A dense overgrown forest provides poor quality wildlife habitat. See, e.g., Knapp et al. 2013. Dead wood such as snags and coarse woody debris are increasingly seen as critical to healthy forest ecosystems. Bottorff 2009. Girdling a tree to create a snag accomplishes two goals: it thins a stand of trees, and it provides the dead wood essential to many species. I also believe it is a much easier way to thin a stand of trees than conventional logging methods, especially for the land manager with minimal heavy equipment.
In this presentation, Girdling Trees to Create Snags and Coarse Woody Debris, I describe how we have managed a small woodland for the past several years where snag creation is a critical component of the management. This is not scientific research, but the experience we have gained may be helpful to others.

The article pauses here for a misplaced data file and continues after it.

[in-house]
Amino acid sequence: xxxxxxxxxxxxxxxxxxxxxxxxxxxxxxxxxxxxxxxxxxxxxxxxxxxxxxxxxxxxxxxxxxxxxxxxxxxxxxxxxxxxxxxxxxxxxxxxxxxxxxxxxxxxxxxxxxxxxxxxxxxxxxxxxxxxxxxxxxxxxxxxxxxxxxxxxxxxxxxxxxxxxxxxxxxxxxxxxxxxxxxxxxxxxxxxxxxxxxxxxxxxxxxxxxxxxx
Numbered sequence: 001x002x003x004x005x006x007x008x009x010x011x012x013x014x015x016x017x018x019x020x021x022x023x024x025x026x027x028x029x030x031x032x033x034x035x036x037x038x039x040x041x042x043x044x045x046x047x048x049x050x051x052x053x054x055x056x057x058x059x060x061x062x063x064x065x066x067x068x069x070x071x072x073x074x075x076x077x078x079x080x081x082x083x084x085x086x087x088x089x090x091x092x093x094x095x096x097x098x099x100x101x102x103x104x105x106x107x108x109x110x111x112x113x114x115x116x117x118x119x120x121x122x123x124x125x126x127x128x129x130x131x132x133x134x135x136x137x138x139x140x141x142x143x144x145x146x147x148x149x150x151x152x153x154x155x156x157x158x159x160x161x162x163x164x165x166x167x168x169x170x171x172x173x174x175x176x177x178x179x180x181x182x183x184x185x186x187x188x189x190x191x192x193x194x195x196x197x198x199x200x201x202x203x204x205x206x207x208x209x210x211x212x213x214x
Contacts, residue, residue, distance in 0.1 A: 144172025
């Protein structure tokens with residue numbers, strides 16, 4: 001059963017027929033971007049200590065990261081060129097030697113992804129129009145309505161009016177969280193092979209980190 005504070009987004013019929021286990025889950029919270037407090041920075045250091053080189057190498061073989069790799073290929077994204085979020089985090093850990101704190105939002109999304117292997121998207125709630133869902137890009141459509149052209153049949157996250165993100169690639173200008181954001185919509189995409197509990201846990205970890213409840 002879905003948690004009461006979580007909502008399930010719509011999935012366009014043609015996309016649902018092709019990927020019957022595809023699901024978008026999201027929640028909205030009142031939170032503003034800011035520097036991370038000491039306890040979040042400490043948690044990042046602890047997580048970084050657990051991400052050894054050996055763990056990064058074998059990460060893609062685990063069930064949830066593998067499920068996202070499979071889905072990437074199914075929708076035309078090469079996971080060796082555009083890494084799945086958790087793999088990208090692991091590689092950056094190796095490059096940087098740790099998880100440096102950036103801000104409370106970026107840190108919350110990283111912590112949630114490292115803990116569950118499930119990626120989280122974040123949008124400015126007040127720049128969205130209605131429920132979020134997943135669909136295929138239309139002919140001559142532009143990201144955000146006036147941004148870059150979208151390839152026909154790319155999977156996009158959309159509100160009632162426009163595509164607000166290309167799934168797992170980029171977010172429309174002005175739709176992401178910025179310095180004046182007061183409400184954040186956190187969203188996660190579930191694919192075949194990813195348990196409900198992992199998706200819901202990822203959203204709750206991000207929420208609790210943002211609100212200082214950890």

What does this have to do with invasive plants? Not much. I have tried girdling invasive trees like buckthorn (Rhamnus cathartica) with limited success. In fact, I would generally not recommend girdling invasive plants because girdling usually kills a tree slowly and may allow ongoing seed production. Nonetheless, just like invasives removal, snag and coarse woody debris creation is another way to improve habitat.